When faced with multiple deer or bears, Browning popped his lead round balls in his mouth and gave chase, so reloading his muzzleloader was faster. He was innovative, bending his muzzleloader barrel between two trees to make his rifle shoot to sights. It was not uncommon for Meshach to crawl into occupied bear dens during hibernation with nothing but a knife and successfully take them. In another feat, he wrestled a wounded deer in the mighty Youghiogheny River with his bare hands.

Writing his book by candlelight, using a turkey quill pen, he described his hunts in detail, as well as providing a glimpse of what it was like living a pioneer life in western Maryland during the early 1800s. His hunts would last for weeks at a time, on foot, traveling in excess of 20 miles a day. Most nights, he slept in the open, exposed to the elements, sometimes waking with his hair frozen to the ground or tree he slept against. He was indeed a tough man.

Browning’s hunting grounds ranged countywide — from the Youghiogheny River to Meadow Mountain, where it is easy to imagine the bear dens he describes along the trails of today’s State Park.

When Browning wasn’t hunting, he was growing corn, hay and other crops to support his family. He speaks of eating sweet, fresh churned butter, venison and bear meat and drinking cool, fresh milk with freshly baked bread. To combat his sweet tooth, he’d follow bees back to their hive, making a beeline to it to collect the honey. Hard work was rewarded with good food.

Meshach’s .45 caliber muzzleloader buttstock.
The rifle resides in the Smithsonian Museum.

Close-up of ornamental brass on buttstock.

Moon sliver on left side of buttstock.

Close-up of left side of lock area.

Present Day

Today, when standing on Hoop-Pole Ridge and looking north or east, most of what you’d see would be of Deep Creek Lake, not the grassy meadows described by Browning. Indeed, the majority of southern Garrett County was mostly unoccupied during his time.

Browning describes the “head of the North Branch of the Potomac … was the greatest wilderness we were acquainted with.” I’ve hunted this area for years and can attest to his description, having taken my largest buck to date in this very area.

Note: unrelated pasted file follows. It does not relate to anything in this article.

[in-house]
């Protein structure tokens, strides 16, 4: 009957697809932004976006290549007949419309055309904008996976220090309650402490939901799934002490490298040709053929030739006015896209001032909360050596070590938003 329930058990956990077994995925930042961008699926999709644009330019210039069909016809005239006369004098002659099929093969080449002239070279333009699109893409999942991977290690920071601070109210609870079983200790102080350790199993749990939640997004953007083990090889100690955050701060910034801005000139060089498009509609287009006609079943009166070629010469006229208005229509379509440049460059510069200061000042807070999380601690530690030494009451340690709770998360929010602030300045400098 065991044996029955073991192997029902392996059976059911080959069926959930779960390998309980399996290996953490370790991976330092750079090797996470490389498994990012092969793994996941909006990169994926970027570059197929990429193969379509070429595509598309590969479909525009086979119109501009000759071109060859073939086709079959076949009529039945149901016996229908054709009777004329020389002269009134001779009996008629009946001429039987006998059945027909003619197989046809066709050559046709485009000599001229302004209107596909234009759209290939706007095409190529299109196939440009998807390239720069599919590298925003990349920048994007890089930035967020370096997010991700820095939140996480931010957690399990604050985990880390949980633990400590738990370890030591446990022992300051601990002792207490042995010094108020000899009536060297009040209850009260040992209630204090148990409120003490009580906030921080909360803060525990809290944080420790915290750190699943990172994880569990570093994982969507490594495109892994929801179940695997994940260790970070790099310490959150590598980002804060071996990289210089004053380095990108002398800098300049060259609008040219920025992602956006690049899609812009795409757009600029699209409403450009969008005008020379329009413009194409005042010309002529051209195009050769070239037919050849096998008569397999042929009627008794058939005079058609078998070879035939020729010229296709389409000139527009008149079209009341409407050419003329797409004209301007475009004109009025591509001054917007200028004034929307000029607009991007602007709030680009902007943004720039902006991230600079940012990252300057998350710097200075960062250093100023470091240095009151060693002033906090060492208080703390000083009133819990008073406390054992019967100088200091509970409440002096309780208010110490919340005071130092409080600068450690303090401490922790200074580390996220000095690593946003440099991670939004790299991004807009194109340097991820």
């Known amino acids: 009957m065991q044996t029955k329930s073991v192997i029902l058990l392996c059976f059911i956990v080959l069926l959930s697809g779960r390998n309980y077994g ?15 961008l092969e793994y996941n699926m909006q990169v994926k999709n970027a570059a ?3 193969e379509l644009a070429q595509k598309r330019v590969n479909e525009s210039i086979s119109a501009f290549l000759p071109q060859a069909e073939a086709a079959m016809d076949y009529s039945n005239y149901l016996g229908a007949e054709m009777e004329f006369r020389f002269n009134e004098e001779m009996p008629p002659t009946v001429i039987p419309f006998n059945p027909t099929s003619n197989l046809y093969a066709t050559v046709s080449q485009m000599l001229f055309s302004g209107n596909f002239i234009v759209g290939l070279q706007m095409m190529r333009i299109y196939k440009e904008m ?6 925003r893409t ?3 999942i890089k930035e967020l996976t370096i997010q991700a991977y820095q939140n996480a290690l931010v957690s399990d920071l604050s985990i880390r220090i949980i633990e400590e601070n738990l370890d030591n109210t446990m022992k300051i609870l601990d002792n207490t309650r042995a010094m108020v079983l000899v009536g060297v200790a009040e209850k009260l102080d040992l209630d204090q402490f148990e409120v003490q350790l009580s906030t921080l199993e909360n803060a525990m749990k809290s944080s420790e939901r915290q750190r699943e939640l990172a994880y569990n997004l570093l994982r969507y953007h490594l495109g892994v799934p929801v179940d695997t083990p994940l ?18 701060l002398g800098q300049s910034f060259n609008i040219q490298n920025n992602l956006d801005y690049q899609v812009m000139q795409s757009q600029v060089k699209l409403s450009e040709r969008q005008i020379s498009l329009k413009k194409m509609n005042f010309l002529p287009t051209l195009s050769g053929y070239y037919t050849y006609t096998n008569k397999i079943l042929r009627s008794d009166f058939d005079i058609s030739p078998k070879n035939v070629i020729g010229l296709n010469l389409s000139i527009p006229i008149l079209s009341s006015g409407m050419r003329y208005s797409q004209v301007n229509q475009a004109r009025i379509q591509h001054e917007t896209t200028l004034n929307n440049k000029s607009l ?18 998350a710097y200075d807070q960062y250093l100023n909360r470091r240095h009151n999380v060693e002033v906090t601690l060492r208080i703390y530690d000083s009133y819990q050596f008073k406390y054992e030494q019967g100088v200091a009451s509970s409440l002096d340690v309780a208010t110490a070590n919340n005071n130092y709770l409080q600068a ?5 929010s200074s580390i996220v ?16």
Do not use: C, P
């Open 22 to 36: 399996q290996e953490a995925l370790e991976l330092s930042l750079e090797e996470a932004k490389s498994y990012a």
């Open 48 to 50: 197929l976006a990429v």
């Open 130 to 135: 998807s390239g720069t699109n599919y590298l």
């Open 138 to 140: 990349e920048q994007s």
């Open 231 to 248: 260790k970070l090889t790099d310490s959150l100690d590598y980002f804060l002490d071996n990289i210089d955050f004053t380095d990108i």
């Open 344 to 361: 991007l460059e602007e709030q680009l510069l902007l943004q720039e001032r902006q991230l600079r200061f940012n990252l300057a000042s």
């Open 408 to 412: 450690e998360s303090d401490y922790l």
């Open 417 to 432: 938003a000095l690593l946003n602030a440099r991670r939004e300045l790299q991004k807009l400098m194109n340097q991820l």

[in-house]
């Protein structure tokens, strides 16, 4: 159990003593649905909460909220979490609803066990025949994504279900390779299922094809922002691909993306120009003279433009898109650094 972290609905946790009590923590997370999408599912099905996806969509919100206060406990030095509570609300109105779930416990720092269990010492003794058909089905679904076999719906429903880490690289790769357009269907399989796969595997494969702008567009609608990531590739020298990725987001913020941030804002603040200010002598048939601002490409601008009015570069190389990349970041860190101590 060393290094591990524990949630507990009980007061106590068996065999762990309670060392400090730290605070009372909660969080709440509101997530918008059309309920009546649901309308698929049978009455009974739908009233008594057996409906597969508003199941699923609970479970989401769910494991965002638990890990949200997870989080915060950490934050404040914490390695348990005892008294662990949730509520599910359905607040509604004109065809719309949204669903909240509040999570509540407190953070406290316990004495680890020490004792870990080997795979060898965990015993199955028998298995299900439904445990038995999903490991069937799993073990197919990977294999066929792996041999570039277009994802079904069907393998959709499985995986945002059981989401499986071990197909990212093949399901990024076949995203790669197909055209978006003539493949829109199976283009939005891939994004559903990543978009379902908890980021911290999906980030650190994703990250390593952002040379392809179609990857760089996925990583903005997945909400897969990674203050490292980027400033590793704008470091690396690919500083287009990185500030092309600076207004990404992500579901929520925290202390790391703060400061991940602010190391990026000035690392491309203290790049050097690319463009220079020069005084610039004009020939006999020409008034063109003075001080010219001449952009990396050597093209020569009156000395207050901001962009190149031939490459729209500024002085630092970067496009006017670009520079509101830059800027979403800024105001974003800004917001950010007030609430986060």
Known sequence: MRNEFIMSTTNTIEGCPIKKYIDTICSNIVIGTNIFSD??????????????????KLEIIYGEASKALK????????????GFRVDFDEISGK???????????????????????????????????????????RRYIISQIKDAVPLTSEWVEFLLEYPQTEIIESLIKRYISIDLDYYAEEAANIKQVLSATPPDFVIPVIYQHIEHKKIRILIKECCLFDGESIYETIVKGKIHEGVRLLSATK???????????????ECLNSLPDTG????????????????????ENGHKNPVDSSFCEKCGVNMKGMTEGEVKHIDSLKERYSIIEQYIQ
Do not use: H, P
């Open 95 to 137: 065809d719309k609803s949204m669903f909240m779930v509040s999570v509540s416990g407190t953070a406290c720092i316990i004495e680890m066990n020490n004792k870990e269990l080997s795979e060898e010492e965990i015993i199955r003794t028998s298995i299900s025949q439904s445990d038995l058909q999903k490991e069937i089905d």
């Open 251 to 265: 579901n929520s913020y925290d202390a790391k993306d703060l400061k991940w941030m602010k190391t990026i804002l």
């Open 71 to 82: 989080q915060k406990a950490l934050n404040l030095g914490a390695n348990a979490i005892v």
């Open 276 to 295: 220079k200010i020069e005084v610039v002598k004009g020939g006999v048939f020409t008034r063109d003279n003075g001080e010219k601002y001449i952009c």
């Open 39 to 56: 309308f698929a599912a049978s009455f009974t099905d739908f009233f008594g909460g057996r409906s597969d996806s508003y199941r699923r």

The B&O Railroad segment to Oakland was not completed until 1851, making the only access to the area by the National Road in the northeastern part of the county. It’s not surprising the southern end of the county had no population of note.

Browning had several homesteads during the period his book talks about, generally located in The Glades and Sang Run. His Sang Run cabin stood until about 1919, when it was photographed by Leo Beachy. It has since been torn down. His mention of Deep Creek as, “… water being so clear and cold, that it will make a man’s arm pain him to the elbow, if he holds his hand in it a few minutes…” and “where success was certain” when fishing for fresh trout, a favorite of his first wife, Mary.

Full Life

Although life was hard in the pioneer days of western Maryland, it’s clear Browning appreciated its natural beauty, appreciating the wildlife he hunted and enjoying the simple pleasures of pioneer life. If you ever wanted to know what it’s like to live in the Eastern mountains of western Maryland, Meshach Browning’s Forty-Four Years, The Life of a Hunter is a great read about that era. It’s still a favorite of mine and highly recommended.